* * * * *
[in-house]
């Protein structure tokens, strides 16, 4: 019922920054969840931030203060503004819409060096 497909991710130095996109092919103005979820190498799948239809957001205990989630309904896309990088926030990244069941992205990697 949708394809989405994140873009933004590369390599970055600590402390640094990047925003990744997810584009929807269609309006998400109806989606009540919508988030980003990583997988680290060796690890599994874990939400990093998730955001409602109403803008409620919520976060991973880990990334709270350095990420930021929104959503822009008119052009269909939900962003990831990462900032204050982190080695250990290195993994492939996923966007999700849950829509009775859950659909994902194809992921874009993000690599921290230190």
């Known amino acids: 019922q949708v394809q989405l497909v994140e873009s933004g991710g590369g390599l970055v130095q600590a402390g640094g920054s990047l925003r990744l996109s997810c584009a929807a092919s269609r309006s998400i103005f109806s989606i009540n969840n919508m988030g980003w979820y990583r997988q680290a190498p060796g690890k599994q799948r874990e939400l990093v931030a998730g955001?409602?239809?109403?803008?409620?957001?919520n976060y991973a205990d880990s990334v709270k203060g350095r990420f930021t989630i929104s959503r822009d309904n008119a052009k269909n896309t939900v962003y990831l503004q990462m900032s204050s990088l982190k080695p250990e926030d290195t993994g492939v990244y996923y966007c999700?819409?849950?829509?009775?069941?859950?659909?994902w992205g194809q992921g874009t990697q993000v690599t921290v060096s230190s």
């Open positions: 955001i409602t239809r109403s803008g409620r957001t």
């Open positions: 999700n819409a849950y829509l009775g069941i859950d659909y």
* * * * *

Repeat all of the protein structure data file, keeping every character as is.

[in-house]
């Protein structure tokens, strides 16, 4: 019922920054969840931030203060503004819409060096 497909991710130095996109092919103005979820190498799948239809957001205990989630309904896309990088926030990244069941992205990697 949708394809989405994140873009933004590369390599970055600590402390640094990047925003990744997810584009929807269609309006998400109806989606009540919508988030980003990583997988680290060796690890599994874990939400990093998730955001409602109403803008409620919520976060991973880990990334709270350095990420930021929104959503822009008119052009269909939900962003990831990462900032204050982190080695250990290195993994492939996923966007999700849950829509009775859950659909994902194809992921874009993000690599921290230190």
């Known amino acids: 019922q949708v394809q989405l497909v994140e873009s933004g991710g590369g390599l970055v130095q600590a402390g640094g920054s990047l925003r990744l996109s997810c584009a929807a092919s269609r309006s998400i103005f109806s989606i009540n969840n919508m988030g980003w979820y990583r997988q680290a190498p060796g690890k599994q799948r874990e939400l990093v931030a998730g955001?409602?239809?109403?803008?409620?957001?919520n976060y991973a205990d880990s990334v709270k203060g350095r990420f930021t989630i929104s959503r822009d309904n008119a052009k269909n896309t939900v962003y990831l503004q990462m900032s204050s990088l982190k080695p250990e926030d290195t993994g492939v990244y996923y966007c999700?819409?849950?829509?009775?069941?859950?659909?994902w992205g194809q992921g874009t990697q993000v690599t921290v060096s230190s």
């Open positions: 955001i409602t239809r109403s803008g409620r957001t």
């Open positions: 999700n819409a849950y829509l009775g069941i859950d659909y």